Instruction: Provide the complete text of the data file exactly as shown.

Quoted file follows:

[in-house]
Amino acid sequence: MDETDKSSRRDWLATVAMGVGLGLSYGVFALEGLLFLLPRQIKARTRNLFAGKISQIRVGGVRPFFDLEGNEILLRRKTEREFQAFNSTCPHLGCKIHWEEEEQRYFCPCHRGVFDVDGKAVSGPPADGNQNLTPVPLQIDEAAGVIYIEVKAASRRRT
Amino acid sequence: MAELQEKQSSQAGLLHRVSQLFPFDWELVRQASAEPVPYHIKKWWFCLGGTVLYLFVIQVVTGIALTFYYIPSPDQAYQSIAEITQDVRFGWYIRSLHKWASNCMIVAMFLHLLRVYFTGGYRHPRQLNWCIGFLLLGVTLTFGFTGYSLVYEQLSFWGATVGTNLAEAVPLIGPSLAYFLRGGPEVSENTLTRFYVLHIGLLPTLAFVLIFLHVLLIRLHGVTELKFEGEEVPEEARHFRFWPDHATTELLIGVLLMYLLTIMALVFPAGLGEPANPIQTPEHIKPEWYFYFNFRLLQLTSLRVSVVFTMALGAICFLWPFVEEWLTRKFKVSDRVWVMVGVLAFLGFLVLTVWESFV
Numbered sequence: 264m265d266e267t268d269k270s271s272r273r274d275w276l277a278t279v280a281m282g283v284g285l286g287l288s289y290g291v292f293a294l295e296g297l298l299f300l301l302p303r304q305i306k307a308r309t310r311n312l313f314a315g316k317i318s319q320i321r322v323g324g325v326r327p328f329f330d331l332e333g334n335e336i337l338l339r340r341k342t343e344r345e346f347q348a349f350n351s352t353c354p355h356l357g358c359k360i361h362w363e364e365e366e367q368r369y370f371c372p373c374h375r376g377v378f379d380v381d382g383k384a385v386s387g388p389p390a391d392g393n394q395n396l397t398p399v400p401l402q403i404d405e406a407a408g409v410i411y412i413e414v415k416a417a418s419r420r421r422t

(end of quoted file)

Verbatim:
[in-house]
Amino acid sequence: MDETDKSSRRDWLATVAMGVGLGLSYGVFALEGLLFLLPRQIKARTRNLFAGKISQIRVGGVRPFFDLEGNEILLRRKTEREFQAFNSTCPHLGCKIHWEEEEQRYFCPCHRGVFDVDGKAVSGPPADGNQNLTPVPLQIDEAAGVIYIEVKAASRRRT
Amino acid sequence: MAELQEKQSSQAGLLHRVSQLFPFDWELVRQASAEPVPYHIKKWWFCLGGTVLYLFVIQVVTGIALTFYYIPSPDQAYQSIAEITQDVRFGWYIRSLHKWASNCMIVAMFLHLLRVYFTGGYRHPRQLNWCIGFLLLGVTLTFGFTGYSLVYEQLSFWGATVGTNLAEAVPLIGPSLAYFLRGGPEVSENTLTRFYVLHIGLLPTLAFVLIFLHVLLIRLHGVTELKFEGEEVPEEARHFRFWPDHATTELLIGVLLMYLLTIMALVFPAGLGEPANPIQTPEHIKPEWYFYFNFRLLQLTSLRVSVVFTMALGAICFLWPFVEEWLTRKFKVSDRVWVMVGVLAFLGFLVLTVWESFV
Numbered sequence: 264m265d266e267t268d269k270s271s272r273r274d275w276l277a278t279v280a281m282g283v284g285l286g287l288s289y290g291v292f293a294l295e296g297l298l299f300l301l302p303r304q305i306k307a308r309t310r311n312l313f314a315g316k317i318s319q320i321r322v323g324g325v326r327p328f329f330d331l332e333g334n335e336i337l338l339r340r341k342t343e344r345e346f347q348a349f350n351s352t353c354p355h356l357g358c359k360i361h362w363e364e365e366e367q368r369y370f371c372p373c374h375r376g377v378f379d380v381d382g383k384a385v386s387g388p389p390a391d392g393n394q395n396l397t398p399v400p401l402q403i404d405e406a407a408g409v410i411y412i413e414v415k416a417a418s419r420r421r422t